“Ruins” is one of the most mysterious of the bunch with its seemingly random descending belltones, stray piano notes, and fuzzy hi-hat percussion. There’s a part about midway through where a punchy bassdrum comes in along with these twinkling belltones and a choir paid that reminds me a whole lot of Halo, which I really didn’t expect here. It’s definitely quite epic and it sounds great. Another later piece works in ethnic woodwinds and even a lovely reference to classical composer Scribian with some lovely piano work that will have you thinking Symphony of the Night. It’s really a nice touch.

Getting towards the end, there’s an area that features a defiant brass melody and not much else. It stands alone in a sea of ambiance, sounding triumphant and lonely all at once. The most interesting part comes towards the end where the piece bursts forth with what I’ll call “evil circus” music. I’m not even going to try to explain that, but use your imagination. The final area of the game is equally triumphant, but sounds much fuller with strings and brass that devolve into a chaotic layering of echoing percussion and some heavy guitar shredding that threatens to take over the track, but never does. I have to applaud Uelmen for his sense of balance, and this is a great accompaniment for the last push before the final showdown.

There are also a few other tracks included. “Boss Anticipation” is, as you’d expect, a tense track with some “buzzy” synth work and some heavy piano notes that foreshadow the battle to come, while “Boss Fight” itself features bone-crushing percussion and gritty and gurgling guitar work. Finally, “Boss Resolution” swells with accomplishment, creating beautiful harmonies the congratulate you on your victory.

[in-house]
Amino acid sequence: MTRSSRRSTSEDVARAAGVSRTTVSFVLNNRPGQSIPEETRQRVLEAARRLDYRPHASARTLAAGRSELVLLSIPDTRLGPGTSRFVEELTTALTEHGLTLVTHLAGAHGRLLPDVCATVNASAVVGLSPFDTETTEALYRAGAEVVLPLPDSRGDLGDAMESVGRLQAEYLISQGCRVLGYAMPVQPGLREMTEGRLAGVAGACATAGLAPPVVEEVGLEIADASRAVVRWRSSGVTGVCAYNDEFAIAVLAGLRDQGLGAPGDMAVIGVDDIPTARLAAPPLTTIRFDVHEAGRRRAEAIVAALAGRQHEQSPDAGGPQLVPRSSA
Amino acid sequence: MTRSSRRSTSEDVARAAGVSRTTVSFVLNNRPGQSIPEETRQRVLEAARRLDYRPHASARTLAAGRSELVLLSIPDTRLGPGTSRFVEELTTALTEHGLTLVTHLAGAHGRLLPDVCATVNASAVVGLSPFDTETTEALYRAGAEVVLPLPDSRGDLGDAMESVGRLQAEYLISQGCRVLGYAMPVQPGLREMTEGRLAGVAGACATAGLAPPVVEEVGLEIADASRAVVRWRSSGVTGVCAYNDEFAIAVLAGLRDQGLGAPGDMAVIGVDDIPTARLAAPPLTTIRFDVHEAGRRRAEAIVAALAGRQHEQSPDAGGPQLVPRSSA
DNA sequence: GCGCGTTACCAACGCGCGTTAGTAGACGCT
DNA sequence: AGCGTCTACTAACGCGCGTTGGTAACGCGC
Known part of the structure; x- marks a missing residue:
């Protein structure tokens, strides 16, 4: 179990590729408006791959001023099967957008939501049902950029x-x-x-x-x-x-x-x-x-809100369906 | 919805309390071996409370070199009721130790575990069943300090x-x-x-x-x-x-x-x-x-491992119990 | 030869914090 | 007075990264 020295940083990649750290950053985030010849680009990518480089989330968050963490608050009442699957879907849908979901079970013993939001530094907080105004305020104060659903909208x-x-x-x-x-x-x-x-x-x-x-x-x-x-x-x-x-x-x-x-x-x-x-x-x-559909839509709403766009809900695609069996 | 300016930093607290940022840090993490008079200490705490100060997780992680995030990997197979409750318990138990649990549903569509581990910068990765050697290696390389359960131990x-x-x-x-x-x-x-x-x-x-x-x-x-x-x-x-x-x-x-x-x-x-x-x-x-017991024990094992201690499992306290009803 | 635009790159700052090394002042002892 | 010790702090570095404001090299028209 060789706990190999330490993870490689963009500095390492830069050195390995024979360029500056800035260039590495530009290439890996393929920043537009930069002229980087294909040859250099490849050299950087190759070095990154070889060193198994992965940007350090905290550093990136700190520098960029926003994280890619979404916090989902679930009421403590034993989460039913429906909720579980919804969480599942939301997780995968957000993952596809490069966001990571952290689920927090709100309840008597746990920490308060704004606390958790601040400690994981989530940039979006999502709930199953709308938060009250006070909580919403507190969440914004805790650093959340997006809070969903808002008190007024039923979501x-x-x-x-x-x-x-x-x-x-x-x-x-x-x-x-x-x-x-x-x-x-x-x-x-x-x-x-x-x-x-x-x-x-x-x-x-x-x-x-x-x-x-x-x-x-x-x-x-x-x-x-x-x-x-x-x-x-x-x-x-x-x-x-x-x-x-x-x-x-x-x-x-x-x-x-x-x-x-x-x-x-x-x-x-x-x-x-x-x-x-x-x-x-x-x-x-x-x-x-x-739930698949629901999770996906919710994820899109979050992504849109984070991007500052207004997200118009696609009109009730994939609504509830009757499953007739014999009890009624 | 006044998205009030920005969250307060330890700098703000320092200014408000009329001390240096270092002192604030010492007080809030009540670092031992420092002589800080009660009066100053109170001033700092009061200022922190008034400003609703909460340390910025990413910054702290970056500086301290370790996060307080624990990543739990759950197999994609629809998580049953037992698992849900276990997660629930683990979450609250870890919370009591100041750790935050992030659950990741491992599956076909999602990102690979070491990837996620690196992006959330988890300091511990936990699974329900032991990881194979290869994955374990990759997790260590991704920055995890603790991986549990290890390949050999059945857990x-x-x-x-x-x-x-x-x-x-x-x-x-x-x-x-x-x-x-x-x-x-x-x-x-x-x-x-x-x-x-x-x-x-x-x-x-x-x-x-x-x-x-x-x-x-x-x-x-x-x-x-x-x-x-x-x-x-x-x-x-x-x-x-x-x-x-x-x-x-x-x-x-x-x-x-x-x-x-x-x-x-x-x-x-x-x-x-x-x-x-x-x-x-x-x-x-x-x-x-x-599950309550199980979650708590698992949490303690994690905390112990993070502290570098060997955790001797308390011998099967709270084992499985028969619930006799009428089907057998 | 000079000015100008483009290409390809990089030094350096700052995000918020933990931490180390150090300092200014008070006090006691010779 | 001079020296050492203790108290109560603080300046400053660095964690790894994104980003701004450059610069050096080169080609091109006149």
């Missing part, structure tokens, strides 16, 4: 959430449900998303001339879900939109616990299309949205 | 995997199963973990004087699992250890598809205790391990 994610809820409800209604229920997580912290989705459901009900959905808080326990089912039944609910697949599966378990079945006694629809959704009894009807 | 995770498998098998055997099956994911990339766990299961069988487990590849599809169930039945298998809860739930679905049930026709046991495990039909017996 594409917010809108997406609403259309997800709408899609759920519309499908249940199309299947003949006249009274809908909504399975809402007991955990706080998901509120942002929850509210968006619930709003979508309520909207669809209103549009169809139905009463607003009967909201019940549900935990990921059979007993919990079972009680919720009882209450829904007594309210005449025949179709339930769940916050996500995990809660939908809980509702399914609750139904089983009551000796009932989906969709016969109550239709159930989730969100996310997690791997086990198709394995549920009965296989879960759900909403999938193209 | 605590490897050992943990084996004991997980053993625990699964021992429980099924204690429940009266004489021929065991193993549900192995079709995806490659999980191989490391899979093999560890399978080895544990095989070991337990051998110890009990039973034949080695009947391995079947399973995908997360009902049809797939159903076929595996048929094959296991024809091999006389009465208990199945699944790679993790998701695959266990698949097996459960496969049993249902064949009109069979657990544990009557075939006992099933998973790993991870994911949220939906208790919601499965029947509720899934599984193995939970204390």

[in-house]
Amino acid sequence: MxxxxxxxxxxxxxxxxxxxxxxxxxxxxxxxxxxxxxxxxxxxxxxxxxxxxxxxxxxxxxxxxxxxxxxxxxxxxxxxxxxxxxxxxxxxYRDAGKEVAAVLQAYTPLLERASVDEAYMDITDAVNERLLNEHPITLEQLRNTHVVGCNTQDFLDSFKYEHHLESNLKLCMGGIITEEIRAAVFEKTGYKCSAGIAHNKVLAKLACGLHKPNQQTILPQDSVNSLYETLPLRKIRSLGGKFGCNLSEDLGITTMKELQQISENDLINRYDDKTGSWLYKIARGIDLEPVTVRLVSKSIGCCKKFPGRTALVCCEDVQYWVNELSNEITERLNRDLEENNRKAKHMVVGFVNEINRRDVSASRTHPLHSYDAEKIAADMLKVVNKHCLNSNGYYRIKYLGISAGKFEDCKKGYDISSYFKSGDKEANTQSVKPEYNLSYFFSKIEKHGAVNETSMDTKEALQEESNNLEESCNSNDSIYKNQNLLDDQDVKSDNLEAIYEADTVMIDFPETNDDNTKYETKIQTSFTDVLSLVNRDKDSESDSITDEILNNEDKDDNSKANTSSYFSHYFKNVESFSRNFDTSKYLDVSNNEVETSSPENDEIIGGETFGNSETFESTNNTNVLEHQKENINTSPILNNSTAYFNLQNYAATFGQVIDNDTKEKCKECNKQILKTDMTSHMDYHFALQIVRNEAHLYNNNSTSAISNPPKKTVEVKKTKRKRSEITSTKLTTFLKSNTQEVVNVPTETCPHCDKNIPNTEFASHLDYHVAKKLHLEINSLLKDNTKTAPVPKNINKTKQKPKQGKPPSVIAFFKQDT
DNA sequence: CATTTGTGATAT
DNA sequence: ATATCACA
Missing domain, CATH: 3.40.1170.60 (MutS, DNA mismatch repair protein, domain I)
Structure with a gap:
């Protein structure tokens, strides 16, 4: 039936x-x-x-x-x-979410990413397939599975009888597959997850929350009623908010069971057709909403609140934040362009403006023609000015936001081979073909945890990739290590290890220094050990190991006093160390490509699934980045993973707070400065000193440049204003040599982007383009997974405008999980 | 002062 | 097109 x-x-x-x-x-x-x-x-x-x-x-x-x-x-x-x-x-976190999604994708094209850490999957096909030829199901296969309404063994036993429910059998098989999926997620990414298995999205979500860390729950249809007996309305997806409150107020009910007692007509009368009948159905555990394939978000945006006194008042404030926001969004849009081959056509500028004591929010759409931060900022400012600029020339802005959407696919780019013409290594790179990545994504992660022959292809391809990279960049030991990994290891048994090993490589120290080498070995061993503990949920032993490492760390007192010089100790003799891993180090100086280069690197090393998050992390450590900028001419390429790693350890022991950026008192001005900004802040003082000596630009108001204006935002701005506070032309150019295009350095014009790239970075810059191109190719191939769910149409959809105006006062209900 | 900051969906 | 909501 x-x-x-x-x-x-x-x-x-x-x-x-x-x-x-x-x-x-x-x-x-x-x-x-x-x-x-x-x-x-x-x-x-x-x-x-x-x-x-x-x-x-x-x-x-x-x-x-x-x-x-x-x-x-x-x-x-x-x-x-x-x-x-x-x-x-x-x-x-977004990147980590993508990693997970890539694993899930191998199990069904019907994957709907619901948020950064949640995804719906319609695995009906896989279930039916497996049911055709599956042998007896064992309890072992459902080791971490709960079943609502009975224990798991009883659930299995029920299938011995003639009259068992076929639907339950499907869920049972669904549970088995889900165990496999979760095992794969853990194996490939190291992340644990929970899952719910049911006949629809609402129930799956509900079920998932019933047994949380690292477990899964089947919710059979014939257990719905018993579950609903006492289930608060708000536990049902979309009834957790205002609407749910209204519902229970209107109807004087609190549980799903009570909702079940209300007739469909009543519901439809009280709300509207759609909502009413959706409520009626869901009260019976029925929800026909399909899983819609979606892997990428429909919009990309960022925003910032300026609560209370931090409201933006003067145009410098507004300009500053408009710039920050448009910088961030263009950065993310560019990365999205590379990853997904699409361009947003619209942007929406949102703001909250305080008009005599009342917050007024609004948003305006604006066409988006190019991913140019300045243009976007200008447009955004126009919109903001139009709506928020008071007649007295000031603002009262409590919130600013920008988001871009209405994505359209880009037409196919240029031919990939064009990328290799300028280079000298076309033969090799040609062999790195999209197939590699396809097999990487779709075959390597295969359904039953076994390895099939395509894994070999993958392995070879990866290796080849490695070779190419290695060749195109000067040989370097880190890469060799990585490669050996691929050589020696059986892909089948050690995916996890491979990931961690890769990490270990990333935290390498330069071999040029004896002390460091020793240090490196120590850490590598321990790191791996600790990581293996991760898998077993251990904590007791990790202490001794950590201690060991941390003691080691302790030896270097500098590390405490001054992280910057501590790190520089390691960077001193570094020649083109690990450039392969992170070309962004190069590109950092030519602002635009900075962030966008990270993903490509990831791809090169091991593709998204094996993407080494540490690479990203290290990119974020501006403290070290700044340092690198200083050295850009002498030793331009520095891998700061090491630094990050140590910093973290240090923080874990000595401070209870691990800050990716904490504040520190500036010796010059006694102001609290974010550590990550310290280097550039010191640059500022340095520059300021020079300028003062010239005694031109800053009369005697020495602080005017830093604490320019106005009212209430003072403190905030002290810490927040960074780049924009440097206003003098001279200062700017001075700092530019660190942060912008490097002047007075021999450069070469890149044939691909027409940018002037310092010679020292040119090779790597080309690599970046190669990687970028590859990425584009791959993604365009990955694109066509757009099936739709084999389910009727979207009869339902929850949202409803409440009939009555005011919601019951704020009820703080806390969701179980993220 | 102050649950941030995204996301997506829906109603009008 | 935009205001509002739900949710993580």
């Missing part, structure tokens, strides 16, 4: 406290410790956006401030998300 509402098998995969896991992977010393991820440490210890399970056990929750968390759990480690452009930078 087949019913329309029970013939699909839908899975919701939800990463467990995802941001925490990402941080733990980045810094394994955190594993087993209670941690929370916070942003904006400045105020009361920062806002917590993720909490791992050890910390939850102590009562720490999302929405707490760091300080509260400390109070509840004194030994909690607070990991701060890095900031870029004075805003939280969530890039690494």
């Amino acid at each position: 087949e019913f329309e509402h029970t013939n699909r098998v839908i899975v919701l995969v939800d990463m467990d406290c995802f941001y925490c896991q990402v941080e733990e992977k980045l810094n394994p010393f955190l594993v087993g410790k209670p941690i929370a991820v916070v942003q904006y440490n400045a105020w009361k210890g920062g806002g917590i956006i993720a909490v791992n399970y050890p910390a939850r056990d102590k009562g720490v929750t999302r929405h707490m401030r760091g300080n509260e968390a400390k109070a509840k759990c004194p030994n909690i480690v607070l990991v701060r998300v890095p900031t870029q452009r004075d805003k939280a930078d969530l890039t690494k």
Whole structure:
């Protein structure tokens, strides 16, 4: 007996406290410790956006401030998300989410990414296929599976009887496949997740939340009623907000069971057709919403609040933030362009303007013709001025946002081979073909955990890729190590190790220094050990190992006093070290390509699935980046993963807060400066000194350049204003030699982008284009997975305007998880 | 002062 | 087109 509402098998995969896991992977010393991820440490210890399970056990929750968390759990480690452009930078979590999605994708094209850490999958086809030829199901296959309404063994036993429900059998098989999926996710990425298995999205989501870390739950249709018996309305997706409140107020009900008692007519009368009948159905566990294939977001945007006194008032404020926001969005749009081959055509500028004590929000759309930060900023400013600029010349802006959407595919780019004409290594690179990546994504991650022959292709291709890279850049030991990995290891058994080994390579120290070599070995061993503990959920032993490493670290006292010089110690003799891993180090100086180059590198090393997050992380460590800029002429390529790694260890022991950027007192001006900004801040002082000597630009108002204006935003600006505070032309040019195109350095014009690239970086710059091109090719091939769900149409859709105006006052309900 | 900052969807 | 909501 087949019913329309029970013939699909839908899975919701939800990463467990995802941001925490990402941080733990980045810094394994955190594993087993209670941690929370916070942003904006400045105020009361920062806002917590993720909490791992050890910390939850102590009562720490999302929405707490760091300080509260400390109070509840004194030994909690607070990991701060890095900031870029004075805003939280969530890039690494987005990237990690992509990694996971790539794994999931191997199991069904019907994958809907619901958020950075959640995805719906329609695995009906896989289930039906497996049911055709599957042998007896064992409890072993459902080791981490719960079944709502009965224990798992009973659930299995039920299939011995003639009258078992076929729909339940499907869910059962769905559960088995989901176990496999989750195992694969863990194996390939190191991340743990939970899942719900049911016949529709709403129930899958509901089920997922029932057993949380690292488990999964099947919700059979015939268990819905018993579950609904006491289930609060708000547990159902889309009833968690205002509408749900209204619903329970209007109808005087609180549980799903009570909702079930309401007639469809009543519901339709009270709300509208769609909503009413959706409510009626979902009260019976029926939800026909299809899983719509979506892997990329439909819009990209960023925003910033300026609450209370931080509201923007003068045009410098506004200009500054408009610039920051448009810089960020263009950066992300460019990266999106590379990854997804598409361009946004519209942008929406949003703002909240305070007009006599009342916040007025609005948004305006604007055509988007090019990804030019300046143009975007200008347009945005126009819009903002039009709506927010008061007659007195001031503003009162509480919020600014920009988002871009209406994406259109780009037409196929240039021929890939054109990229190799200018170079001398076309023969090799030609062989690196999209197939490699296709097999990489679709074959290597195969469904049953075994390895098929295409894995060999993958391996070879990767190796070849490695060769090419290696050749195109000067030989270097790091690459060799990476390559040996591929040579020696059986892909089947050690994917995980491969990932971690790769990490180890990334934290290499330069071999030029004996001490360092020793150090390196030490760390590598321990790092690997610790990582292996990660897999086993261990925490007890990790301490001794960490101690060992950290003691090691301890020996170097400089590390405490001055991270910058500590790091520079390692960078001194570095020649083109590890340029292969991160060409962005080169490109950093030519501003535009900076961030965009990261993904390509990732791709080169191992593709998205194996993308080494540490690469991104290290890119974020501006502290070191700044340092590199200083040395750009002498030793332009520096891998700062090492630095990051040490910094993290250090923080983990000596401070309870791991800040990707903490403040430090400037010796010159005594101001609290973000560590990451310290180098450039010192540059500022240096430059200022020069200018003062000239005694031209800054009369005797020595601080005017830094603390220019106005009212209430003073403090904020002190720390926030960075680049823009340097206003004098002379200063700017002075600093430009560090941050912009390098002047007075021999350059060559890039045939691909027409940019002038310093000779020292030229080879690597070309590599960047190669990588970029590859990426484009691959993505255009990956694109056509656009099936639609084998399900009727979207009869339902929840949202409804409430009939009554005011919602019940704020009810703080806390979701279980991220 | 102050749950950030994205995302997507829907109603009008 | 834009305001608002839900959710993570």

While there’s only about 40 minutes of music here, it’s all great and worth your time to check out. Matt Uelmen has been gone for far too long, and it’s great to hear his music again. While his soundtrack for Torchlight is great, especially when it comes to tracks like “Torchlight” and “Mines,” both of which are some of his best work, I would love to hear this stuff redone with a live orchestra, but he certainly did the best with what he had. I can’t wait to hear what he does for the MMO that Runic Games will be working on after Torchlight is out there for fans to enjoy.

While there are no official plans on the books to distribute the game’s soundtrack, it’s entirely possible that the music files might be present in the install folder of the game. I highly recommend checking them out, especially if you’re a fan of Uelmen’s work on the Diablo series or World of Warcraft.

Are you happy to see Matt Uelmen back in action? When you hear the game’s town theme, feel free to come back and tell us how you think it stacks up to “Tristram!”